House prices in the UK continued to rise sharply in April, but experts warn the boom may soon be over amid increasing pressure on household finances.
The average UK house price increased by 1.1 percent or £3,078 ($3,801) last month, marking the longest run of monthly rises since 2016, according to the Halifax House Price Index.
Russell Galley, managing director of Halifax, said: “This was the 10th consecutive month that property values have increased, the longest run of continuous gains since the end of 2016.”
The price of a typical British house was a new record of £286,079 ($353,312)—a rise of 10.8 percent from a year ago.
According to the report, prices have increased by £47,568 ($58,747) on average over the past two years. It took the previous 5.5 years to make an equivalent leap.
Galley said: “The imbalance between supply and demand persists, with an insufficient number of new properties coming on to the market to meet the needs of prospective buyers and strong competition to secure properties driving up prices.”
But he said the growth may slow down amid the “headwinds facing the wider economy.”
Inflation is expected to hit 10 percent in the coming months and the Bank of England, the UK’s central bank, raised the base rate to 1 percent this week, pushing up costs for some borrowers.
According to Galley, “the house price-to-income ratio is already at its highest ever level (7.2 times full-time average earnings typically) and with interest rates on the rise and inflation further squeezing household budgets, it remains likely that the rate of house price growth will slow by the end of this year.”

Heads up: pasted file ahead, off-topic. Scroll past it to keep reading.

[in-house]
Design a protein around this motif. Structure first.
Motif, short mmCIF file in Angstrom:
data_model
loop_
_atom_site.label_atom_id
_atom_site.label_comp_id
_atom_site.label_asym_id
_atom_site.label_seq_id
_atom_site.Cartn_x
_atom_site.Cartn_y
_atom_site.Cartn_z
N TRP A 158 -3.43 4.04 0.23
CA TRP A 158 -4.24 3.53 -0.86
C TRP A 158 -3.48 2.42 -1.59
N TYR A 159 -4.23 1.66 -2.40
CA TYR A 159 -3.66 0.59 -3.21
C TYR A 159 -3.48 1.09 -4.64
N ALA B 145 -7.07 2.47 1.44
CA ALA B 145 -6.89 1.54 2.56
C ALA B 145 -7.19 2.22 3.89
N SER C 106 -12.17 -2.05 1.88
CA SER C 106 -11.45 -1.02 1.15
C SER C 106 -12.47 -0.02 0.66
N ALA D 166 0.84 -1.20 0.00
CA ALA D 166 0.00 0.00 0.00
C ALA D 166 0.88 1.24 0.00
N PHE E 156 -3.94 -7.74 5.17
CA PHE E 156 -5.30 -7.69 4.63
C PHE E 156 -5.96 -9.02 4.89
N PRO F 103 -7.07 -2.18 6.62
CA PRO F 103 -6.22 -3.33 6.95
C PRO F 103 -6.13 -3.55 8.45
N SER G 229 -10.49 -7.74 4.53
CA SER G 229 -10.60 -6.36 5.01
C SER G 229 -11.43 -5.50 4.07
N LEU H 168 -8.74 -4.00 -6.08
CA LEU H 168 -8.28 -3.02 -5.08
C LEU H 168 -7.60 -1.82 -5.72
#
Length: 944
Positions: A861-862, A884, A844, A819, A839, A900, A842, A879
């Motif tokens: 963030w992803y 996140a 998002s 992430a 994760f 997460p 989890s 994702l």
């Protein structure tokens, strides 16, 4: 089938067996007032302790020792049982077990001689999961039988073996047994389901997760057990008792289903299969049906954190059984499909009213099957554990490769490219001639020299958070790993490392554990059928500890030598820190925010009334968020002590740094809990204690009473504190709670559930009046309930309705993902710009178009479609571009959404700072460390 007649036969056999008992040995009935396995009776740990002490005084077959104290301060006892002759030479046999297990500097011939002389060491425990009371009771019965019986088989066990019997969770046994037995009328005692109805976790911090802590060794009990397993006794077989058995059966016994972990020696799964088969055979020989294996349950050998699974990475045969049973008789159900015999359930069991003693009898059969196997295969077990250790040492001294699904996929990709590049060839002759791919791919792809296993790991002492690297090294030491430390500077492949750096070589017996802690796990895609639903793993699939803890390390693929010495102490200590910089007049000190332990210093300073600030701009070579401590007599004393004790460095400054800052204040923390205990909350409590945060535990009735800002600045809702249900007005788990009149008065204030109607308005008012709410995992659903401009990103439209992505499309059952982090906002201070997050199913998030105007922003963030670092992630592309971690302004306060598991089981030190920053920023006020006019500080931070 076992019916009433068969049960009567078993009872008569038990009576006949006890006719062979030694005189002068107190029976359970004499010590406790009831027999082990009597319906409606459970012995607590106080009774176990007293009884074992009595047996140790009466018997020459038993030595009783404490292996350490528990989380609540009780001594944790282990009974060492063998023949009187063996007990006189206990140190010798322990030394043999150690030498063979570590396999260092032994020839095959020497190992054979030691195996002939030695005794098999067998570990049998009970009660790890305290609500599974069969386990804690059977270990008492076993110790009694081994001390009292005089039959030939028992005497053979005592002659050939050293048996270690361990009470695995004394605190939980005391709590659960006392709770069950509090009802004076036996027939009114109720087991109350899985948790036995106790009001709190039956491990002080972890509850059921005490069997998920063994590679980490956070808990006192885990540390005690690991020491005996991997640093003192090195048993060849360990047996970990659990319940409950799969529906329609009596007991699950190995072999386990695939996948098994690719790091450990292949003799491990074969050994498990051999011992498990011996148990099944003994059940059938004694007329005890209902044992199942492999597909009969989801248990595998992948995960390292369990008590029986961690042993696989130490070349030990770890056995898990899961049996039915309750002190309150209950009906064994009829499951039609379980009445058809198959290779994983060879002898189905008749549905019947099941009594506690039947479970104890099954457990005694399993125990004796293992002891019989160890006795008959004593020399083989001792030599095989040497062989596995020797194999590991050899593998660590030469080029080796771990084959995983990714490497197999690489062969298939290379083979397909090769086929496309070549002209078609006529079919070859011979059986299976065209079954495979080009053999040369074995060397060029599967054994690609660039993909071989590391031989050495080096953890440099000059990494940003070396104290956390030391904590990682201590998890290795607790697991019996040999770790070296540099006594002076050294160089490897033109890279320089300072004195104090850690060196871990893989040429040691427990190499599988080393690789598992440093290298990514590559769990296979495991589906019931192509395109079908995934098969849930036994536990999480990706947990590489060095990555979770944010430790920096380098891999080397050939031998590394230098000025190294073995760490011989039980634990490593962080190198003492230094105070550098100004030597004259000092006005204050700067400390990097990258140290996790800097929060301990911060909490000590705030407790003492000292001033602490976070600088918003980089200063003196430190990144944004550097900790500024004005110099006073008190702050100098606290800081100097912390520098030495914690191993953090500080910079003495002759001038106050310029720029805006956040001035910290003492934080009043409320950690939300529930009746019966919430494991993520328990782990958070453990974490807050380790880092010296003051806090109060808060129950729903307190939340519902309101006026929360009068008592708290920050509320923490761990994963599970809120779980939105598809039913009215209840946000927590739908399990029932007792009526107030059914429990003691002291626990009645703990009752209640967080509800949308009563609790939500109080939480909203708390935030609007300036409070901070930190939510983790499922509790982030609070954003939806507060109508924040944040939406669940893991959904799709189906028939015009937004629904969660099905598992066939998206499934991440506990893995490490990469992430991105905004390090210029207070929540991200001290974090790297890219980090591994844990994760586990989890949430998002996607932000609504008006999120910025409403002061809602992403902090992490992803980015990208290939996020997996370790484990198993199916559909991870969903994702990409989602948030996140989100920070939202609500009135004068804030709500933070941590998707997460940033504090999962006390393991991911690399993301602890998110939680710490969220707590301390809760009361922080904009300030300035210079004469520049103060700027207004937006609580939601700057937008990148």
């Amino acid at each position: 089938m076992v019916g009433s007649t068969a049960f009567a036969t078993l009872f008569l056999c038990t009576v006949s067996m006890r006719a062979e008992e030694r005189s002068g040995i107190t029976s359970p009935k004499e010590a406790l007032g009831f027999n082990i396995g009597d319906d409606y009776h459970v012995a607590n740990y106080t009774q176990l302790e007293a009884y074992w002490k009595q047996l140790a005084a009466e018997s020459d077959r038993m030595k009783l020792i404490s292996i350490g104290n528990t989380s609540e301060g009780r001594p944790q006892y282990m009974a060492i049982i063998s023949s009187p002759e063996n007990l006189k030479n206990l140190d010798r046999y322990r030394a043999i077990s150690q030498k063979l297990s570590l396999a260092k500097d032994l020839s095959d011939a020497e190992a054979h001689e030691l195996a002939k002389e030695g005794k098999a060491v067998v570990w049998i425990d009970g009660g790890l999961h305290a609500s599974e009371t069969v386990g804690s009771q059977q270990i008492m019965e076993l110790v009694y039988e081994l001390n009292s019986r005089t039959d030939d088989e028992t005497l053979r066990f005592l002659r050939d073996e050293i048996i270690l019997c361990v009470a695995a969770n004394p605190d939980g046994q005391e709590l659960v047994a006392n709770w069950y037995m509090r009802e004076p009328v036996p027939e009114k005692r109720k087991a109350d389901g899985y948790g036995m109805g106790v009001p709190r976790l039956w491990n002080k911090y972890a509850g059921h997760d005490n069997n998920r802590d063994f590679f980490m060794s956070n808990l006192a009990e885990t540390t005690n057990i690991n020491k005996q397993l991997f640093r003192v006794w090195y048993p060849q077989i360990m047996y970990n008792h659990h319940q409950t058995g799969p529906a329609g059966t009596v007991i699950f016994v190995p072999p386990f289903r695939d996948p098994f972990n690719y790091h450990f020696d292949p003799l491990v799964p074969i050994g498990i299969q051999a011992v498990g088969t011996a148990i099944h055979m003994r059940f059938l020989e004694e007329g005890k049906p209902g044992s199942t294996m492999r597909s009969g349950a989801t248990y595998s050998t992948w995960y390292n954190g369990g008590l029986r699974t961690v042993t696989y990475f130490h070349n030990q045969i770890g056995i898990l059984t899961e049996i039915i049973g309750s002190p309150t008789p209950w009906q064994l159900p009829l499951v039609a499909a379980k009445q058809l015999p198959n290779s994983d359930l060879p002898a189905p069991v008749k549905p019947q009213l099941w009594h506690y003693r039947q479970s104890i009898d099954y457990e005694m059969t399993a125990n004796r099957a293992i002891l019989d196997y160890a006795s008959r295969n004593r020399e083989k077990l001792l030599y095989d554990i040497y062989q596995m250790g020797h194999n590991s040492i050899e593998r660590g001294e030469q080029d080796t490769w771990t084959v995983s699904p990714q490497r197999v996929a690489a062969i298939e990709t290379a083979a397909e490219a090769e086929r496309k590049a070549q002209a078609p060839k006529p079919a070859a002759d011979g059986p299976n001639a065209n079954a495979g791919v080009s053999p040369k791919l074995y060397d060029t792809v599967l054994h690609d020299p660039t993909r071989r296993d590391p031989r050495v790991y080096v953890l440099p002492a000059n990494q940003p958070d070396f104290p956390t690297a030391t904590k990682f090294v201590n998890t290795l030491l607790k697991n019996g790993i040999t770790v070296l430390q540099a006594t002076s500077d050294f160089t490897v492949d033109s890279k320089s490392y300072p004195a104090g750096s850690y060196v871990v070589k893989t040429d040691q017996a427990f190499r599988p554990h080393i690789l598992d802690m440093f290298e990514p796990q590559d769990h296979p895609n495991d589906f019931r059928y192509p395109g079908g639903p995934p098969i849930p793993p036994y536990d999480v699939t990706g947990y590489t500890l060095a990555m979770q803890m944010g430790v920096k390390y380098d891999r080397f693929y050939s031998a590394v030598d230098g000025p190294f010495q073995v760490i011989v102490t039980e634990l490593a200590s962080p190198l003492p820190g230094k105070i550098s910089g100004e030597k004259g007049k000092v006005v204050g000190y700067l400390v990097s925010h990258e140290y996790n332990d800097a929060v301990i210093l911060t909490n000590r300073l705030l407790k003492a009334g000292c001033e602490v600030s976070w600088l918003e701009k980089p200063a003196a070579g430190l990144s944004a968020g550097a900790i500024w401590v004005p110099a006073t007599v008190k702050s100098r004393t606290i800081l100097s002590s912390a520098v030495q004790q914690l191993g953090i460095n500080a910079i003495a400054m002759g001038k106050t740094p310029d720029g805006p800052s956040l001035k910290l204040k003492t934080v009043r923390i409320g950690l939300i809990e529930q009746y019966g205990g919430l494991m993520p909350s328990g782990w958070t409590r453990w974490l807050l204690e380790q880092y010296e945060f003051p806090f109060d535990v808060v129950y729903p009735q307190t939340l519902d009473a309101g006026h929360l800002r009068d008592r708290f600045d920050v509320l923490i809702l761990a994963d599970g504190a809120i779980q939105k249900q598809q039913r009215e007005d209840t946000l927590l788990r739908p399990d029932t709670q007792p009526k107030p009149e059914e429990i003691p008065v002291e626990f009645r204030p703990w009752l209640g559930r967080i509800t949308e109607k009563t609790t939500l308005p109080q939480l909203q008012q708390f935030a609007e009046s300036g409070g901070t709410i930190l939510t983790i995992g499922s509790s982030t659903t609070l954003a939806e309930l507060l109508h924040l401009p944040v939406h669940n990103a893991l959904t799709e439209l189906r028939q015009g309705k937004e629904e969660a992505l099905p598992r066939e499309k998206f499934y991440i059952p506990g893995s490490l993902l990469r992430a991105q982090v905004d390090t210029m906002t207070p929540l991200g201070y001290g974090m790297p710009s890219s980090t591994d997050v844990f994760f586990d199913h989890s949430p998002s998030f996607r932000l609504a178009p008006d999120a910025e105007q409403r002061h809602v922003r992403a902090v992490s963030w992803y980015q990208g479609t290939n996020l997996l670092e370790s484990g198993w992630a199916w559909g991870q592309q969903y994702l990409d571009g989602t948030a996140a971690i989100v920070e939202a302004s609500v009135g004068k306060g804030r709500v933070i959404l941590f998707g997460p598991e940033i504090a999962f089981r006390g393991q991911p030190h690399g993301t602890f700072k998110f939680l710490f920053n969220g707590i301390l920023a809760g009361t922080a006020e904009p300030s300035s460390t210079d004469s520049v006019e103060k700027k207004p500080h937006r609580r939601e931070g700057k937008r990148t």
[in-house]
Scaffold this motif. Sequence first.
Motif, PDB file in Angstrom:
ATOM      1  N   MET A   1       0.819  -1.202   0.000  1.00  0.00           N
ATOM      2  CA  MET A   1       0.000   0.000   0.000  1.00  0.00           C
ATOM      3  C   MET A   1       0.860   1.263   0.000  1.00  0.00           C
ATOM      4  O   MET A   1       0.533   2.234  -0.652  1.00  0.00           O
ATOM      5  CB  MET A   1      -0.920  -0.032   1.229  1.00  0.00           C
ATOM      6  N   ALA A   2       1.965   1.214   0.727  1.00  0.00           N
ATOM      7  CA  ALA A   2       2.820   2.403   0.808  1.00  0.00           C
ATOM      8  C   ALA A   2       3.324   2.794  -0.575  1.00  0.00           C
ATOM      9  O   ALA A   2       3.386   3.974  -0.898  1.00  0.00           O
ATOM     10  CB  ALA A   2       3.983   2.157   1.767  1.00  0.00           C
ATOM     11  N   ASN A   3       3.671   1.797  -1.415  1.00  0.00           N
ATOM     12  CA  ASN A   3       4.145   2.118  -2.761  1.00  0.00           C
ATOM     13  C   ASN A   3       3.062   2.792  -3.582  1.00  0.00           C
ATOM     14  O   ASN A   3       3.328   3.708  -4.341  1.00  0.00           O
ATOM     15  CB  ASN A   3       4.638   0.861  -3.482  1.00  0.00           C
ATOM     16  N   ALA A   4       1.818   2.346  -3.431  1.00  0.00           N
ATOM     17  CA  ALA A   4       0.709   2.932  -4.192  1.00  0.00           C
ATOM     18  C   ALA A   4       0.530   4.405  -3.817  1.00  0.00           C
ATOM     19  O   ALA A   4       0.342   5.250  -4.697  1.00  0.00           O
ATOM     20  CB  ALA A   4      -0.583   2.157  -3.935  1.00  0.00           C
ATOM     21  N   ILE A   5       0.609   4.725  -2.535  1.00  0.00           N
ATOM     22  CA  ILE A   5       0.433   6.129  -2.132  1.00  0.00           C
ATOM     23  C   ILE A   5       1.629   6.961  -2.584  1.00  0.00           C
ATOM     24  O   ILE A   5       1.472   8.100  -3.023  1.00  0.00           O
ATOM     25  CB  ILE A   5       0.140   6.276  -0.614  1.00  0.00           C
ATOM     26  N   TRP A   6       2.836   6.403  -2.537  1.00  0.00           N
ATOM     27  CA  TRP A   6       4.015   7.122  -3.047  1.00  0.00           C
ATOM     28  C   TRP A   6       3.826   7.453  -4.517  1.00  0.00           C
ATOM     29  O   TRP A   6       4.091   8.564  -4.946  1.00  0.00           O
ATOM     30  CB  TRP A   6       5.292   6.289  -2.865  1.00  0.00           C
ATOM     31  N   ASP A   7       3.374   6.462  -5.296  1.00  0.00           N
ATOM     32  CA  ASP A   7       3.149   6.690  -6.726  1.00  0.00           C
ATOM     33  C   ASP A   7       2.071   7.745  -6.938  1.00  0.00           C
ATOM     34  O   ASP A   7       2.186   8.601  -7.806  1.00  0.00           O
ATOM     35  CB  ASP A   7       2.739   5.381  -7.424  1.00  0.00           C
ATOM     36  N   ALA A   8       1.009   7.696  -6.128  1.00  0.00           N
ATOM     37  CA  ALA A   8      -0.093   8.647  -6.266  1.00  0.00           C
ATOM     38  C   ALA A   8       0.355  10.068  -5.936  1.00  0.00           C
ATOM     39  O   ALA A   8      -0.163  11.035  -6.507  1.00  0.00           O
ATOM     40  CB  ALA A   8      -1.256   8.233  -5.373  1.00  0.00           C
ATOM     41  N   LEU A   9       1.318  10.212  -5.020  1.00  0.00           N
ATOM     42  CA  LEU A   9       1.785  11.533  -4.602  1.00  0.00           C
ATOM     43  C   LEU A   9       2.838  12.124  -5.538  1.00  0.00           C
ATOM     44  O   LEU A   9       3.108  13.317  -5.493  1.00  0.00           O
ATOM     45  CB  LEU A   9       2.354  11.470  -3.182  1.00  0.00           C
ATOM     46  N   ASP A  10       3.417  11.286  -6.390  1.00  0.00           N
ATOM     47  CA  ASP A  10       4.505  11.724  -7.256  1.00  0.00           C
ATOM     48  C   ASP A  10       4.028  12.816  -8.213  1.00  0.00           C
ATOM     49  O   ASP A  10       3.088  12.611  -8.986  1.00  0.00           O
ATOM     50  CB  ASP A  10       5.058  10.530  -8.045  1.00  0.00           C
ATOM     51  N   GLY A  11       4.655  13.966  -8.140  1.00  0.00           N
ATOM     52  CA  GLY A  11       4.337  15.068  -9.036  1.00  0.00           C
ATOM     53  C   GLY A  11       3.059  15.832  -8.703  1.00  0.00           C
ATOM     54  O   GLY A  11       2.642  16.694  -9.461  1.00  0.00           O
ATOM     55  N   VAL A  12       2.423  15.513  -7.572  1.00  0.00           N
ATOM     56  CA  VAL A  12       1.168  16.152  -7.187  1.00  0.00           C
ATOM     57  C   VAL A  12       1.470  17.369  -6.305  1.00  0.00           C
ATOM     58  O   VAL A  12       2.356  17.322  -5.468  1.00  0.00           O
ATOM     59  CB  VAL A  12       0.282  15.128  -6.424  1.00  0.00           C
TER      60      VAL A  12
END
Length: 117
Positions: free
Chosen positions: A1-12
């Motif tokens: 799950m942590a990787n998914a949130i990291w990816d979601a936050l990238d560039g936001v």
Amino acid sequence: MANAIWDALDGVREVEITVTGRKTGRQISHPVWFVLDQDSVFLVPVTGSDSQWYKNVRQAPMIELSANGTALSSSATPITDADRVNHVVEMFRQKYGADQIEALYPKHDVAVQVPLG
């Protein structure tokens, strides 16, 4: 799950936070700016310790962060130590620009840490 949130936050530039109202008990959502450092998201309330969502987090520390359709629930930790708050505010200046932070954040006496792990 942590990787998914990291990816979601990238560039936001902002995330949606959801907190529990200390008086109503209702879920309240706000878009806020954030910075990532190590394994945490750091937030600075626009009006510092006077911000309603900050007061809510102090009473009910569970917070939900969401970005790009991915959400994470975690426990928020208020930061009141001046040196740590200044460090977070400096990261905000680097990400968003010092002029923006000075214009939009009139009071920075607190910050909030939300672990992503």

Andrew Montlake, managing director of mortgage broker Coreco, agrees.
“Even though prices rose sharply again in April, the house price boom will soon be over,” he said.
“The stamp duty holiday, record low interest rates, and the race for space triggered an unprecedented surge in demand and activity, pushing prices ever higher, but we’re now entering the business end of the pandemic.”
Meanwhile, the recovery of the UK’s house-building sector has slowed amid rising costs and economic worries.
According to the S&P Global/CIPS construction purchasing managers’ index (PMI) survey, the increased prices that companies are paying for energy, fuel, and raw materials led to cost inflation hitting its highest since last September.
“The construction sector is moving towards a more subdued recovery phase as sharply rising energy and raw material costs hit client budgets,” said Tim Moore, economics director at S&P Global.
“House building saw the greatest loss of momentum in April, with the latest expansion in activity the weakest since September 2021,” he said.
PA Media contributed to this report.